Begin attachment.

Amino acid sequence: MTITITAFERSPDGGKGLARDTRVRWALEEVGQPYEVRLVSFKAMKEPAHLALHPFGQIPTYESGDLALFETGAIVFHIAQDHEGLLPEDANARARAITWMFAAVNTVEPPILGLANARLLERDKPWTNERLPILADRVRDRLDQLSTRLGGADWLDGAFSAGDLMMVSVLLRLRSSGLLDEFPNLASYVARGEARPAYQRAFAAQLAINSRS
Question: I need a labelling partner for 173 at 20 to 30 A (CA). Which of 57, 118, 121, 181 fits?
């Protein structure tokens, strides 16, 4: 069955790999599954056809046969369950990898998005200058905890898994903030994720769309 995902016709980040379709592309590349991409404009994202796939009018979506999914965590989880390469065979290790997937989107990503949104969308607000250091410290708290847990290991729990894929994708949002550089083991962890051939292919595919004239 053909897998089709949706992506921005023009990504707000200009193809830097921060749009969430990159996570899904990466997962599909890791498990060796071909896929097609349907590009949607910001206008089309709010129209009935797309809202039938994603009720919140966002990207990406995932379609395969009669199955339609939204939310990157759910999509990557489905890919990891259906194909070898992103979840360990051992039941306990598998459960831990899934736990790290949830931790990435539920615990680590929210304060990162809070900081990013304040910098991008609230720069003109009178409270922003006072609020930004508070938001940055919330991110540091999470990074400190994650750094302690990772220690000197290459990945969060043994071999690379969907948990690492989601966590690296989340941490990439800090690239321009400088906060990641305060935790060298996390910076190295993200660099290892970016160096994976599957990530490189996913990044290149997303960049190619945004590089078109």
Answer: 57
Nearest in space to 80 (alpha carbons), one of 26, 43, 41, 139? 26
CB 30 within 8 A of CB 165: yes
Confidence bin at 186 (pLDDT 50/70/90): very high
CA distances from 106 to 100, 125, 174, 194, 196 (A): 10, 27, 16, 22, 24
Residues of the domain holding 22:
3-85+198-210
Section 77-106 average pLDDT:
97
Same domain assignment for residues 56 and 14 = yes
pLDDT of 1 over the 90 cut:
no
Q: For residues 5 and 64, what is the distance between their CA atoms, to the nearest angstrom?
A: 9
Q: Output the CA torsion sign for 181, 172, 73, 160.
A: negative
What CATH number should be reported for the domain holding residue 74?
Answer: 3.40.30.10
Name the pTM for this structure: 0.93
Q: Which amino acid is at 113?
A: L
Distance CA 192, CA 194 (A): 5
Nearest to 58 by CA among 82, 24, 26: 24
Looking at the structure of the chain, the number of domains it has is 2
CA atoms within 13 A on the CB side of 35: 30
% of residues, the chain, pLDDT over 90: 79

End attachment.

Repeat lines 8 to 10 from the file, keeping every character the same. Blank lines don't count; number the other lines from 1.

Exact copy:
CA distances from 106 to 100, 125, 174, 194, 196 (A): 10, 27, 16, 22, 24
Residues of the domain holding 22:
3-85+198-210